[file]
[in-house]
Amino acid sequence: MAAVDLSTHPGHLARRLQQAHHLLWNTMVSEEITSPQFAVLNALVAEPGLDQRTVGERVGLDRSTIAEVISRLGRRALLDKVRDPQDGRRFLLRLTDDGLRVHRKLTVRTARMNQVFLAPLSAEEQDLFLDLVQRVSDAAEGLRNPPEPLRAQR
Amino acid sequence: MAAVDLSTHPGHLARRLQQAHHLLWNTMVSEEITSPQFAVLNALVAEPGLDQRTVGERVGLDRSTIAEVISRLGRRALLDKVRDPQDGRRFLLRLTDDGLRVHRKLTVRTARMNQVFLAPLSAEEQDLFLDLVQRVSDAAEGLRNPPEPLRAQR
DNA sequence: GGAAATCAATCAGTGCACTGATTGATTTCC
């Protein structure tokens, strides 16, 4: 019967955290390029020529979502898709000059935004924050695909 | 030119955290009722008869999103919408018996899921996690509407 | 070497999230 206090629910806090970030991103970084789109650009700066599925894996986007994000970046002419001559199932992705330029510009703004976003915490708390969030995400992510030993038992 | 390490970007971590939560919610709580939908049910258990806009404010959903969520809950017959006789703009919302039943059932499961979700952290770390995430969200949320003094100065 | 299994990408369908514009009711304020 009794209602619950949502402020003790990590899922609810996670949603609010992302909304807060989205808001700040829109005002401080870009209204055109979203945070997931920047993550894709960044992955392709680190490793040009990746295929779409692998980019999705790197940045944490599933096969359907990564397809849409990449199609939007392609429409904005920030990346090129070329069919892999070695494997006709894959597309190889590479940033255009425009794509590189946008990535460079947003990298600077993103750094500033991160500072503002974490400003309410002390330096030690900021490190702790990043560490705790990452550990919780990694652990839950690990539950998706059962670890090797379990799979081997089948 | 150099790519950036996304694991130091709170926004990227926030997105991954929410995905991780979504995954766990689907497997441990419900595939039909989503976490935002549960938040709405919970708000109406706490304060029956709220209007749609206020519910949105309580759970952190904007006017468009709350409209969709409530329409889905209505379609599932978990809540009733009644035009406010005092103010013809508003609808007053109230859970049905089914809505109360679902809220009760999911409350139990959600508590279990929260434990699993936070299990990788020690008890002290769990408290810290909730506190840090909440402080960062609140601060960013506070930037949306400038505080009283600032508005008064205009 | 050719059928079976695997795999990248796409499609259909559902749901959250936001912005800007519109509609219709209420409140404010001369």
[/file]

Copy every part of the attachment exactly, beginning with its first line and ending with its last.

[in-house]
Amino acid sequence: MAAVDLSTHPGHLARRLQQAHHLLWNTMVSEEITSPQFAVLNALVAEPGLDQRTVGERVGLDRSTIAEVISRLGRRALLDKVRDPQDGRRFLLRLTDDGLRVHRKLTVRTARMNQVFLAPLSAEEQDLFLDLVQRVSDAAEGLRNPPEPLRAQR
Amino acid sequence: MAAVDLSTHPGHLARRLQQAHHLLWNTMVSEEITSPQFAVLNALVAEPGLDQRTVGERVGLDRSTIAEVISRLGRRALLDKVRDPQDGRRFLLRLTDDGLRVHRKLTVRTARMNQVFLAPLSAEEQDLFLDLVQRVSDAAEGLRNPPEPLRAQR
DNA sequence: GGAAATCAATCAGTGCACTGATTGATTTCC
């Protein structure tokens, strides 16, 4: 019967955290390029020529979502898709000059935004924050695909 | 030119955290009722008869999103919408018996899921996690509407 | 070497999230 206090629910806090970030991103970084789109650009700066599925894996986007994000970046002419001559199932992705330029510009703004976003915490708390969030995400992510030993038992 | 390490970007971590939560919610709580939908049910258990806009404010959903969520809950017959006789703009919302039943059932499961979700952290770390995430969200949320003094100065 | 299994990408369908514009009711304020 009794209602619950949502402020003790990590899922609810996670949603609010992302909304807060989205808001700040829109005002401080870009209204055109979203945070997931920047993550894709960044992955392709680190490793040009990746295929779409692998980019999705790197940045944490599933096969359907990564397809849409990449199609939007392609429409904005920030990346090129070329069919892999070695494997006709894959597309190889590479940033255009425009794509590189946008990535460079947003990298600077993103750094500033991160500072503002974490400003309410002390330096030690900021490190702790990043560490705790990452550990919780990694652990839950690990539950998706059962670890090797379990799979081997089948 | 150099790519950036996304694991130091709170926004990227926030997105991954929410995905991780979504995954766990689907497997441990419900595939039909989503976490935002549960938040709405919970708000109406706490304060029956709220209007749609206020519910949105309580759970952190904007006017468009709350409209969709409530329409889905209505379609599932978990809540009733009644035009406010005092103010013809508003609808007053109230859970049905089914809505109360679902809220009760999911409350139990959600508590279990929260434990699993936070299990990788020690008890002290769990408290810290909730506190840090909440402080960062609140601060960013506070930037949306400038505080009283600032508005008064205009 | 050719059928079976695997795999990248796409499609259909559902749901959250936001912005800007519109509609219709209420409140404010001369």